Offline

Joined: Sat Jan 10, 2009 5:12 pm
Posts: 47
Location: Bucks
Hi Funkymum,

Dont know about State vs Independent. I know someone who got through on 120 from an independent but...

I heard this year that the percentage passing the 11+ was slightly higher 31%ish as opposed to 29%ish in previous years. There is a school of thought which says they are letting more pass and therefore the percentage of appeals that can succeed must be lower. If this is true they therefore have to be tougher during the process. I certainly think our panel would have only let our DD through if we could have convinced them she had won a Nobel prize!

PM


Top
 Profile  
 
 Post subject:
PostPosted: Tue Feb 24, 2009 5:08 pm 
Offline

Joined: Wed Jan 11, 2006 7:10 pm
Posts: 8208
Location: Buckinghamshire
funkymum wrote:
Over 12 appeals in our school and only 2 got through!!!!! Most were only 2 or 3 points below pass mark. It's all quite bewildering. Any thoughts?


Yes - the cases weren't strong enough! I have known appeals from private schools succeed on very low scores, and state school appeals fail on 120 - and vice-versa.

I have known of schools - both private and state - where every appeal succeeded one year, and every appeal failed the next.

Every case is judged on it's own merits.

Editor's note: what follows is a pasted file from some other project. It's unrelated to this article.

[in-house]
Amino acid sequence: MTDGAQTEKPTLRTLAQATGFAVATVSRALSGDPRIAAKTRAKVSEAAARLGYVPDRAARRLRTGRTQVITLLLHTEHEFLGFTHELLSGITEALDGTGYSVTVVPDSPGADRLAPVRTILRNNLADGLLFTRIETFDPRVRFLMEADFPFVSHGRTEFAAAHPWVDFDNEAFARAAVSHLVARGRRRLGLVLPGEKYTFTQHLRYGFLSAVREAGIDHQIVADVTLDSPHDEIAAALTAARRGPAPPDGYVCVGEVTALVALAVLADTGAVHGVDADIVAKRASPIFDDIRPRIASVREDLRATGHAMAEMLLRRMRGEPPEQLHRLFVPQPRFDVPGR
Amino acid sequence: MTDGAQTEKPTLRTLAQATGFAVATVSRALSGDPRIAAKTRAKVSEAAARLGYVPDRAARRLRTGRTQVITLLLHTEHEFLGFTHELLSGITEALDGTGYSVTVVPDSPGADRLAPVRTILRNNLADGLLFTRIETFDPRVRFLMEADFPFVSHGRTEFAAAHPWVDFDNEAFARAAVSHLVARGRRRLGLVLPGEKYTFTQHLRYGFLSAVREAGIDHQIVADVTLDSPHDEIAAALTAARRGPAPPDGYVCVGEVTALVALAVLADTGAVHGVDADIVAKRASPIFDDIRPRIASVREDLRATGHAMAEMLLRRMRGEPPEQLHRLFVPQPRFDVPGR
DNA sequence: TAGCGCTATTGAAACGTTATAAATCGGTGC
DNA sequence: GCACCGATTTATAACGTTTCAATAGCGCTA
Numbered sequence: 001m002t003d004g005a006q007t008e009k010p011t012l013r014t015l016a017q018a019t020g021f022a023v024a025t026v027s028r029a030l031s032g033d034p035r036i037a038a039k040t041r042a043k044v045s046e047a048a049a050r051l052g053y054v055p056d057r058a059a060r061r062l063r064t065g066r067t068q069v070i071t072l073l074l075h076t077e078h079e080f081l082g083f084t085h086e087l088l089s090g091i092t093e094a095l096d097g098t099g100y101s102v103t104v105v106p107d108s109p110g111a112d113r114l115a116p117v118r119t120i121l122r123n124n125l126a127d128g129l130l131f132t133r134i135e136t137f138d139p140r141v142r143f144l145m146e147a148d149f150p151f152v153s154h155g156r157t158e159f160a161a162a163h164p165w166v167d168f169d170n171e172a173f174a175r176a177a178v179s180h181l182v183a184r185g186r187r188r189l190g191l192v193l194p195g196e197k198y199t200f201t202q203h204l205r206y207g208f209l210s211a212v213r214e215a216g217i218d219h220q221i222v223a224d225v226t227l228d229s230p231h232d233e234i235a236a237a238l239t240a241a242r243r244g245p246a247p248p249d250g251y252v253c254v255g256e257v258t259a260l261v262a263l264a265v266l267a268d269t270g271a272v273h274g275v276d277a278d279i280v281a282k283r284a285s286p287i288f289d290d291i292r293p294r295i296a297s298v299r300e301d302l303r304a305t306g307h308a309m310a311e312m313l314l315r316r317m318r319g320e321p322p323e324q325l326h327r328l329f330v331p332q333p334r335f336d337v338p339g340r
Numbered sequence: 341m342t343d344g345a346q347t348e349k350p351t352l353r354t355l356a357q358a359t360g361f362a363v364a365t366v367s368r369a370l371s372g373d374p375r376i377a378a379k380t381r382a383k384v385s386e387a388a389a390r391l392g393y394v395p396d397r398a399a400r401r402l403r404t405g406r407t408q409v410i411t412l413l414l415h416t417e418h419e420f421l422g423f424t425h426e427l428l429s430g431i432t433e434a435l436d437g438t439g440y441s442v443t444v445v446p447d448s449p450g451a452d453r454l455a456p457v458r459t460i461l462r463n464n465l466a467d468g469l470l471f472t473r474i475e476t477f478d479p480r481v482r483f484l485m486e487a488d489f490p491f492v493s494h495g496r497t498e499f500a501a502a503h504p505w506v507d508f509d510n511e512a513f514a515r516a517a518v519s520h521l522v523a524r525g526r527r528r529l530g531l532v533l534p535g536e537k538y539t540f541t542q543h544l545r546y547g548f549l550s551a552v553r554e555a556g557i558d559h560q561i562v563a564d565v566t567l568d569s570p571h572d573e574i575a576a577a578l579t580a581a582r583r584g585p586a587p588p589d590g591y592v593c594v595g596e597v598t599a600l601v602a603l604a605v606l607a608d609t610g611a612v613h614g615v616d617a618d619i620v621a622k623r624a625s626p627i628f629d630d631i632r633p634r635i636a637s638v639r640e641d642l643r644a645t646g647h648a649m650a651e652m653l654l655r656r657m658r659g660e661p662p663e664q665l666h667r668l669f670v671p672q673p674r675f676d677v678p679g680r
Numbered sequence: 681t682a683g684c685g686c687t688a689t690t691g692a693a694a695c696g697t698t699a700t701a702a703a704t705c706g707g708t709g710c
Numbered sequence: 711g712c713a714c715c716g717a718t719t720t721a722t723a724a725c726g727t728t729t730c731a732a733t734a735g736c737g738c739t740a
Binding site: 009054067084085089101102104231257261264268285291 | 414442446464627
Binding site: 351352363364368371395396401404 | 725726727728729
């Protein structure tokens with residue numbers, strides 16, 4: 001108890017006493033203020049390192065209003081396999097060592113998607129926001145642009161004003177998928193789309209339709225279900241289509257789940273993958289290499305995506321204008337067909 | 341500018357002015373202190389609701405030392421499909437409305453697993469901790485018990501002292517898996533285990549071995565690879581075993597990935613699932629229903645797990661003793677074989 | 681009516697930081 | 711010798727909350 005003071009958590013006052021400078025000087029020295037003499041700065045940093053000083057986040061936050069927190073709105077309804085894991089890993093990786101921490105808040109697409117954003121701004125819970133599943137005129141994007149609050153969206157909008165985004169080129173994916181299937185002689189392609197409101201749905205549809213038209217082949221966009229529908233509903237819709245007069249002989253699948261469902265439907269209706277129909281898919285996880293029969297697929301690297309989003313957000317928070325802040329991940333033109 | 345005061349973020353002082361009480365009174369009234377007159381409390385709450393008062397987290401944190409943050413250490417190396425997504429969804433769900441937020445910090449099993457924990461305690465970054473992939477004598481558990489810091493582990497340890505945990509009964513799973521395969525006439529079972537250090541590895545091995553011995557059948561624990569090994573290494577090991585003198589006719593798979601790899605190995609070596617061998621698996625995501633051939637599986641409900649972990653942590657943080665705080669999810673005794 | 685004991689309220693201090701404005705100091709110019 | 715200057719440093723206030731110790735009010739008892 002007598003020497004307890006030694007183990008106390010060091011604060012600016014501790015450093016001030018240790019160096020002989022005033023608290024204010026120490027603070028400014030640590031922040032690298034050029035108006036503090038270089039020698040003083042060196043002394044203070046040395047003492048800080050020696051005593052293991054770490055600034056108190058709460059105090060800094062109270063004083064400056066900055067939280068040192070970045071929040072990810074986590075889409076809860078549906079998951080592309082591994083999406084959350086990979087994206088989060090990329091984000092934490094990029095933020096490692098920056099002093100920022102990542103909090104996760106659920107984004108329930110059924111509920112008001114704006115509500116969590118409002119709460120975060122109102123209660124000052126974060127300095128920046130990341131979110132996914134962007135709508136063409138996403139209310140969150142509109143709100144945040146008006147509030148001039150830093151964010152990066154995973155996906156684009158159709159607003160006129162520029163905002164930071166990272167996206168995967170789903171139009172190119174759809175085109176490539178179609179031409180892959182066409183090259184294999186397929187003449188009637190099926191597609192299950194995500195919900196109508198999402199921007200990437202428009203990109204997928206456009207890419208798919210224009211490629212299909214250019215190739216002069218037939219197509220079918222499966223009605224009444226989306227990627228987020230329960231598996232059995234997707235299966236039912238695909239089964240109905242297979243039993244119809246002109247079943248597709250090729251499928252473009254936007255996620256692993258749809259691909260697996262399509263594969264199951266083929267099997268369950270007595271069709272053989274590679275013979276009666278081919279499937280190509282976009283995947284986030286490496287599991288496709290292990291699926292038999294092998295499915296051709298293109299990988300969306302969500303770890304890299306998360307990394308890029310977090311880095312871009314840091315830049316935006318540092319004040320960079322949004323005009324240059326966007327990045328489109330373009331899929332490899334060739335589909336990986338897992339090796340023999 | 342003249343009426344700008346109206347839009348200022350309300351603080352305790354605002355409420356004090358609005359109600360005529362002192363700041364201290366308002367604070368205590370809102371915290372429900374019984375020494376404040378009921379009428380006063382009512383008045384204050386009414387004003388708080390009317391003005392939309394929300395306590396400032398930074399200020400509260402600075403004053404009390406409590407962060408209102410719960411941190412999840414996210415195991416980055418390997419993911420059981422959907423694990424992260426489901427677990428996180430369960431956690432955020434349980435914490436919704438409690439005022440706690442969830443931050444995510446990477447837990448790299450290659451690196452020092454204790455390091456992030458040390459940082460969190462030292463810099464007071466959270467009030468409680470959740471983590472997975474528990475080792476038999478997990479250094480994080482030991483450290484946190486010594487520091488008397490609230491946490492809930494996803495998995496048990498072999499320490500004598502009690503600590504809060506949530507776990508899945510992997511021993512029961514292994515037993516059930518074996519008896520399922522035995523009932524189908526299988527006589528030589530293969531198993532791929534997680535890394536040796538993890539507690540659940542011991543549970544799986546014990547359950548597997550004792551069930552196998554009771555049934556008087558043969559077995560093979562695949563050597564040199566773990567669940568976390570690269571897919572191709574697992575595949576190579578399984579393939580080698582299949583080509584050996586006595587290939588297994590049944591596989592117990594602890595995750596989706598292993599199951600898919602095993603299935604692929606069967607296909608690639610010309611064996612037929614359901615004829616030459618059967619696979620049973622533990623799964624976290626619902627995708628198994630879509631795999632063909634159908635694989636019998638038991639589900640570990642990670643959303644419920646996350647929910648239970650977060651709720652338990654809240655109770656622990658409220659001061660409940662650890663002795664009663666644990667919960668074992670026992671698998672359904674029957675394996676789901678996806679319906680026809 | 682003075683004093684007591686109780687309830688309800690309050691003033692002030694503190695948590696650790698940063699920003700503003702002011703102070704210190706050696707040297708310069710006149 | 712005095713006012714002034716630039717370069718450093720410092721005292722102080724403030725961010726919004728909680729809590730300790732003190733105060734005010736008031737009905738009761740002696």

Panicking Mum - have a read of the Bucks "Myths & Legends" Sticky.

Sally-Anne


Top
 Profile  
 
 Post subject:
PostPosted: Tue Feb 24, 2009 6:08 pm 
Offline

Joined: Mon Dec 12, 2005 5:26 pm
Posts: 7063
I agree entirely with Sally-Anne.

And the fact that the percentage passing the 11+ was slightly higher this year is not something that a BCC appeals panel would give a moment's thought to.

Interestingly, there are some rumours around that the appeals success rate is higher this year. How true that is we shall no doubt find out in due course!

_________________
Etienne


Top
 Profile  
 
Display posts from previous:  Sort by  
Post new topic Reply to topic  [ 9 posts ] 

All times are UTC


Who is online

Users browsing this forum: No registered users and 4 guests


You cannot post new topics in this forum
You cannot reply to topics in this forum
You cannot edit your posts in this forum
You cannot delete your posts in this forum
You cannot post attachments in this forum

Search for:
Jump to:  
cron
CALL 020 8204 5060
   
Privacy Policy | Refund Policy | Disclaimer | Copyright © 2004 – 2016